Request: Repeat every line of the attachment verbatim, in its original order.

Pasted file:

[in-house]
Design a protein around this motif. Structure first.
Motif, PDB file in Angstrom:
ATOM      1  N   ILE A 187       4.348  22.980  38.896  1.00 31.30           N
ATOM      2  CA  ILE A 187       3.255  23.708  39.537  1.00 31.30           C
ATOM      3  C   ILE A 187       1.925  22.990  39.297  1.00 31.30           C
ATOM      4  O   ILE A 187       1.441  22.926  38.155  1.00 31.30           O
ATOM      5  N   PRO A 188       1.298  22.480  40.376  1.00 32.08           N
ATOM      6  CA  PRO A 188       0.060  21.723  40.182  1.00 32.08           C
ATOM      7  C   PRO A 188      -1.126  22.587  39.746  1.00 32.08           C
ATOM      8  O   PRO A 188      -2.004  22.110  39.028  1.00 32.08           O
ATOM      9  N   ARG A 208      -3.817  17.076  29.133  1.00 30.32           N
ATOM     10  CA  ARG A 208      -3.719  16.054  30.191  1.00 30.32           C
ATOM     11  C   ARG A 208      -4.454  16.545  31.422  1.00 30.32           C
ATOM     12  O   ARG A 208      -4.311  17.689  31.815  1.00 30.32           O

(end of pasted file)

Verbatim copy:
[in-house]
Design a protein around this motif. Structure first.
Motif, PDB file in Angstrom:
ATOM      1  N   ILE A 187       4.348  22.980  38.896  1.00 31.30           N
ATOM      2  CA  ILE A 187       3.255  23.708  39.537  1.00 31.30           C
ATOM      3  C   ILE A 187       1.925  22.990  39.297  1.00 31.30           C
ATOM      4  O   ILE A 187       1.441  22.926  38.155  1.00 31.30           O
ATOM      5  N   PRO A 188       1.298  22.480  40.376  1.00 32.08           N
ATOM      6  CA  PRO A 188       0.060  21.723  40.182  1.00 32.08           C
ATOM      7  C   PRO A 188      -1.126  22.587  39.746  1.00 32.08           C
ATOM      8  O   PRO A 188      -2.004  22.110  39.028  1.00 32.08           O
ATOM      9  N   ARG A 208      -3.817  17.076  29.133  1.00 30.32           N
ATOM     10  CA  ARG A 208      -3.719  16.054  30.191  1.00 30.32           C
ATOM     11  C   ARG A 208      -4.454  16.545  31.422  1.00 30.32           C
ATOM     12  O   ARG A 208      -4.311  17.689  31.815  1.00 30.32           O